Santa Maria del Rosario (St. Mary of the Rosary), commonly known as I Gesuati, is an 18th-century Dominican church in the Sestiere of Dorsoduro, on the Giudecca canal in Venice, northern Italy. The classical style building has a well-lit interior and is exceptional in preserving its original layout and Rococo decoration intact. The church and almost all its sculpture and paintings were created within a thirty-year period: construction began in 1725, the church was consecrated in 1743, and the last sculptural decoration was in place by 1755.
Almost all the sculpture in the church is the work of Giovan Maria Morlaiter, a sculptor from over the Alps, whom Hugh Honour describes as “one of the ablest sculptors in eighteenth century Venice” and Semenzato as “the most brilliant interpreter of the rococo in Venetian sculpture” adding that “His work shows great dynamism” and “an inexhaustible felicity of invention”. There is more of his work in the church than anywhere else in Venice.
Monks from Sienna from the order of The Blessed Giovanni Colombino established themselves here in 1392. In 1423 they built an oratory and cloister dedicated to Saint Jerome. (They had previously occupied the nearby church of Sant’Agnese.) A proper church and monastery were built here by the Poor Gesuati order (as they now called themselves) from 1494, consecrated 1524 and dedicated to Our Lady of the Visitation. The order was suppressed in 1668 and in 1669 the Dominicans bought the place and got Giorgio Massari to build the present, much larger, church, beginning work in 1726, to the east of the old church, and finishing it in 1743. The newer church became a parish church when the order was suppressed in 1815, to replace the nearby suppressed churches of San Vio and San Gregorio.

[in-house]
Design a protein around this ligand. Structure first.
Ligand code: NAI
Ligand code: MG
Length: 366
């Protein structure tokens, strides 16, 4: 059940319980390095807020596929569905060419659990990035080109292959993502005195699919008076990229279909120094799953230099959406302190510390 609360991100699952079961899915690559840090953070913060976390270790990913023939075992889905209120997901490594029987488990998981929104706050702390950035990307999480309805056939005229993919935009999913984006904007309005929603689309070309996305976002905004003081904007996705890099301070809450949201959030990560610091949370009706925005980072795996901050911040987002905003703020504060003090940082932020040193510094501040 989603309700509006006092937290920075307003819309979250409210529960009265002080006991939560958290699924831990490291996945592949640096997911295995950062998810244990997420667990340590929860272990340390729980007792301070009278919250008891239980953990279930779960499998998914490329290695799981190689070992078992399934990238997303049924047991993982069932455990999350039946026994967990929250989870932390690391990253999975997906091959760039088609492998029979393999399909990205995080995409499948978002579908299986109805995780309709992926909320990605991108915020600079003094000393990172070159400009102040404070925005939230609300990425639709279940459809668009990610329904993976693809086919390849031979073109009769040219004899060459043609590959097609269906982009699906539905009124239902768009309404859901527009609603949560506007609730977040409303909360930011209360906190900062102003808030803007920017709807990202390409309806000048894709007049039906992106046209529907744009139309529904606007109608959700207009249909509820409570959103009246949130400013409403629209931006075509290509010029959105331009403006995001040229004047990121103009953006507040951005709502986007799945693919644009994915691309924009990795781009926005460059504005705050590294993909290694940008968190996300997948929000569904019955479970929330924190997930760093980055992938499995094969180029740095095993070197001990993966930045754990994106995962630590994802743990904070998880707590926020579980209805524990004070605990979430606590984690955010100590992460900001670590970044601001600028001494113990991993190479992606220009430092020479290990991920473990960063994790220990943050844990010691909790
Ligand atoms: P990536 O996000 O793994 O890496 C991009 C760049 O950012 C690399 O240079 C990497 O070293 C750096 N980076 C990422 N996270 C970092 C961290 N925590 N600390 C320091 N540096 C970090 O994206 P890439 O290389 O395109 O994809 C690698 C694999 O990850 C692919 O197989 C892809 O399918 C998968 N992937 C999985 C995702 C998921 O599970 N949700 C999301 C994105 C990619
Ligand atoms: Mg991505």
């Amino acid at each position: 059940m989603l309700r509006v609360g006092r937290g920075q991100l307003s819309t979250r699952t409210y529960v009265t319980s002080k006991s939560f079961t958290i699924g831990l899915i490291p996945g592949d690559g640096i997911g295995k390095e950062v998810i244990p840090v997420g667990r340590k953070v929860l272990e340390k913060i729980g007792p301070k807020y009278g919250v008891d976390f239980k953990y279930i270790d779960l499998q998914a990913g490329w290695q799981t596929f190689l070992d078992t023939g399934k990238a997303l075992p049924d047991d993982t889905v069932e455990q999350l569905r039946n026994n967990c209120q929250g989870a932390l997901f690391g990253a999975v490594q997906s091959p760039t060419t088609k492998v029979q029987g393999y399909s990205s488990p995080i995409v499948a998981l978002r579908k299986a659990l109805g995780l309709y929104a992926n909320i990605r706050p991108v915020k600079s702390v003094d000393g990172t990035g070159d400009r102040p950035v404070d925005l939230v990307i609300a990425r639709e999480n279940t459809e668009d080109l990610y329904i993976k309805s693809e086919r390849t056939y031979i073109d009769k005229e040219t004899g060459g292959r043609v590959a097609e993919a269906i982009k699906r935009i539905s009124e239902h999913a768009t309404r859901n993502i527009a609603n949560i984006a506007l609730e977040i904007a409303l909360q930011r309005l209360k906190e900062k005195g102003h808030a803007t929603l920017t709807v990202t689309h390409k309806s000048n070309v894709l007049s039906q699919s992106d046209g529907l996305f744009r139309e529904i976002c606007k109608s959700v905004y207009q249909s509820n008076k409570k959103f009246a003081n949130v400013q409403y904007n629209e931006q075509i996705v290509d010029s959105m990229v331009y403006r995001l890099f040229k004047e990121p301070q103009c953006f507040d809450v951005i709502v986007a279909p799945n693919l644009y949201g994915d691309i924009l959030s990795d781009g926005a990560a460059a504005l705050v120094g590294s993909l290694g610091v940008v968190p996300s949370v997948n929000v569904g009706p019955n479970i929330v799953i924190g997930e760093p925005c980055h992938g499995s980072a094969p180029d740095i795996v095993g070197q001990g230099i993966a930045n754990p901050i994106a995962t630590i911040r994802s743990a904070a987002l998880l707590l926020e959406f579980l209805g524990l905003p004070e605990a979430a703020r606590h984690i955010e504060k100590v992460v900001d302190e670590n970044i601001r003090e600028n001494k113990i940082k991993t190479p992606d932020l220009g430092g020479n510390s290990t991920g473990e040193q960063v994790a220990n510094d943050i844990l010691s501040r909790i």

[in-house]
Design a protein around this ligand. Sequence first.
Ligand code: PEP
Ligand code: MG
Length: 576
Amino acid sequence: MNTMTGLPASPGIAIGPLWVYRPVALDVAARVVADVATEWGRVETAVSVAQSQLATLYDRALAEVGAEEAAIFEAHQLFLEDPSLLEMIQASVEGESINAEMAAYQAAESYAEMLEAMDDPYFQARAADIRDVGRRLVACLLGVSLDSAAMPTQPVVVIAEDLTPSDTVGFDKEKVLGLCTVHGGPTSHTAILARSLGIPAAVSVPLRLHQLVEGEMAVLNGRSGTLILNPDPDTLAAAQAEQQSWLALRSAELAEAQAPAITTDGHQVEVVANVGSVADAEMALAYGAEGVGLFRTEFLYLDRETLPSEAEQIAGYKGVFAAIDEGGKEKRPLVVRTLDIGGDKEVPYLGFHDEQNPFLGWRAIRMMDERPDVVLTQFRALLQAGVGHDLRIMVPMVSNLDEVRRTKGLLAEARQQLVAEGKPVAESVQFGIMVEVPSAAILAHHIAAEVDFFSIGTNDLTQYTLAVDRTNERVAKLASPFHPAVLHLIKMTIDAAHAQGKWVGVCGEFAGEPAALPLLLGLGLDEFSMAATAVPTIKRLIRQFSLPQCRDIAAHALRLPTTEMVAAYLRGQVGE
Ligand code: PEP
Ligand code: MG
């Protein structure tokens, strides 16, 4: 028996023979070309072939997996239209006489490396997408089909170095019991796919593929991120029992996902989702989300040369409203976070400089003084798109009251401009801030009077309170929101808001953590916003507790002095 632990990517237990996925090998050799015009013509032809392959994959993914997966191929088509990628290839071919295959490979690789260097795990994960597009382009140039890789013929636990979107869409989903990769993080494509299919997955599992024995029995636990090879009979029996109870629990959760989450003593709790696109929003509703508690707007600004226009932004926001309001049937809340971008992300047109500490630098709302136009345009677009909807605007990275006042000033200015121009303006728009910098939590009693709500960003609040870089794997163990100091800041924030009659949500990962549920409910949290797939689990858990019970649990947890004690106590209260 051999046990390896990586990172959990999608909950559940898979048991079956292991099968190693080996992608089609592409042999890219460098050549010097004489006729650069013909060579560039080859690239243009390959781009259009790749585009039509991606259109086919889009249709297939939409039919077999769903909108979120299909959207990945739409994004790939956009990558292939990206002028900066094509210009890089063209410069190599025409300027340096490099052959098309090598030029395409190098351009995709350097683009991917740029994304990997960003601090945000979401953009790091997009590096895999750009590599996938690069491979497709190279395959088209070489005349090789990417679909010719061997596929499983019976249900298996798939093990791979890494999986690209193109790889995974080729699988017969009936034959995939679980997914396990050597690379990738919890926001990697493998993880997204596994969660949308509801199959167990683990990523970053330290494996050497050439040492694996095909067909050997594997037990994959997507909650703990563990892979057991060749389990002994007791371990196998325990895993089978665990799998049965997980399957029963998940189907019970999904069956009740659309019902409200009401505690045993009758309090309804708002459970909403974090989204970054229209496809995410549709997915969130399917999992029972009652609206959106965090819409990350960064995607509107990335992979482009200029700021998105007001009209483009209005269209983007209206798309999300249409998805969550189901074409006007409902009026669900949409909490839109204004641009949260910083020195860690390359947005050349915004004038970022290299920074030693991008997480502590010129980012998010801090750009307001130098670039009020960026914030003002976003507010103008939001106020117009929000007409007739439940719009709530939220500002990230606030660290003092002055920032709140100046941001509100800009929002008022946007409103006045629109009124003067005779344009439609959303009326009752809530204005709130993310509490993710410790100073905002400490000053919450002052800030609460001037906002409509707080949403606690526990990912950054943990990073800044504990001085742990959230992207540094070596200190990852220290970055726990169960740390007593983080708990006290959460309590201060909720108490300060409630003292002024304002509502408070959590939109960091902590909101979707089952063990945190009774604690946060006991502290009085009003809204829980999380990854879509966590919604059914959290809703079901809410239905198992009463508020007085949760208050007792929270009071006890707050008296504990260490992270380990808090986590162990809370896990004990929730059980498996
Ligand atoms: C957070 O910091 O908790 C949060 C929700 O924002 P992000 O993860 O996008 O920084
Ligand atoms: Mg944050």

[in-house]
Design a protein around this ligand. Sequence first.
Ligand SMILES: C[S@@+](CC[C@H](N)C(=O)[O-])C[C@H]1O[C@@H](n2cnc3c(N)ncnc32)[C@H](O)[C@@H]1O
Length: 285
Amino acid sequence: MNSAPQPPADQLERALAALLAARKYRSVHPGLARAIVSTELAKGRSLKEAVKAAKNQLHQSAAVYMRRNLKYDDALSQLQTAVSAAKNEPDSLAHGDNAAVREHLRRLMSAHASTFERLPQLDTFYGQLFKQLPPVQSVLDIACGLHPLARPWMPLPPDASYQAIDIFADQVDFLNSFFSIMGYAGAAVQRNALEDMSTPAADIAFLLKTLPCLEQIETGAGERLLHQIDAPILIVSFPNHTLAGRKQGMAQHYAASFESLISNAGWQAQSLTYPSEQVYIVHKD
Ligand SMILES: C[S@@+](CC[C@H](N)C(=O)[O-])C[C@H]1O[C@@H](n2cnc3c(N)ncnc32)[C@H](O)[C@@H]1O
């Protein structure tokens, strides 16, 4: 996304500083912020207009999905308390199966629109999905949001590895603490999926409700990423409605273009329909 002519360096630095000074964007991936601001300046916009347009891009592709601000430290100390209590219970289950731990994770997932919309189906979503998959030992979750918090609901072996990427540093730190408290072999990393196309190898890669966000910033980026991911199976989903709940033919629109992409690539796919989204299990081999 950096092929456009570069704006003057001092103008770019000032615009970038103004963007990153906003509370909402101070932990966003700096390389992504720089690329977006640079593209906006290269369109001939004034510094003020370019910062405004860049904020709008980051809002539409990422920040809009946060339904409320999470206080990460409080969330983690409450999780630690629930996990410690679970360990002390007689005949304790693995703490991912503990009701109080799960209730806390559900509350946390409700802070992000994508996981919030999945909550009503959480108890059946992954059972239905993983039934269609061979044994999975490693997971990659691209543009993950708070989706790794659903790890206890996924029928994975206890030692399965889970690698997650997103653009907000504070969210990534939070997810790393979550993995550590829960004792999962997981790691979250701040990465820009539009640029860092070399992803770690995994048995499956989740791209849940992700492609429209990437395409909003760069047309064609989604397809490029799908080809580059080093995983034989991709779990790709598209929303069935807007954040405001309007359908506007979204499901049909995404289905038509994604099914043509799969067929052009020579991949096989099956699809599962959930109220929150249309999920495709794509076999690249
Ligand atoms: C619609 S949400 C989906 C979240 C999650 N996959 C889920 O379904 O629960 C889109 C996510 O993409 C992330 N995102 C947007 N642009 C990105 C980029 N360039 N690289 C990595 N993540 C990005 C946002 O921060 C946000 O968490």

This was architect Massari’s first major commission in Venice. The niches on the façade (a heavier and more theatrical reflection of the façade of the Redentore church opposite) contain large statues depicting the four virtues. A stone relief of the dead Christ supported by two Angels set into the side wall of the church (seen to the right in the photo right) may be from the original church.
The interior, like the façade, is modelled on the Redentore. It consists of an aisleless nave with six connecting side chapels, three either side, full of exceptional 18th Century art. The effect of the walls and detailing is pale grey, getting darker for the domed chancel, with it’s unplain tabernacle by Massari.
This church is a treat for Tiepolo fans, with a fine altarpiece in the first chapel on the right depicting the Madonna and Three (female Dominican)
Saints, and some Dominic-related ceiling paintings well worth the neck ache, or the easier perusal using the handily provided (and preciselyshaped) floor-standing mirror. Also two by Piazzetta, a good one by Sebastiano Ricci, depicting Saints Pius V, Aquinas and Peter Martyr, and a badly restored Tintoretto Crucifixion which came from the nearby Santa Maria della Visitazione.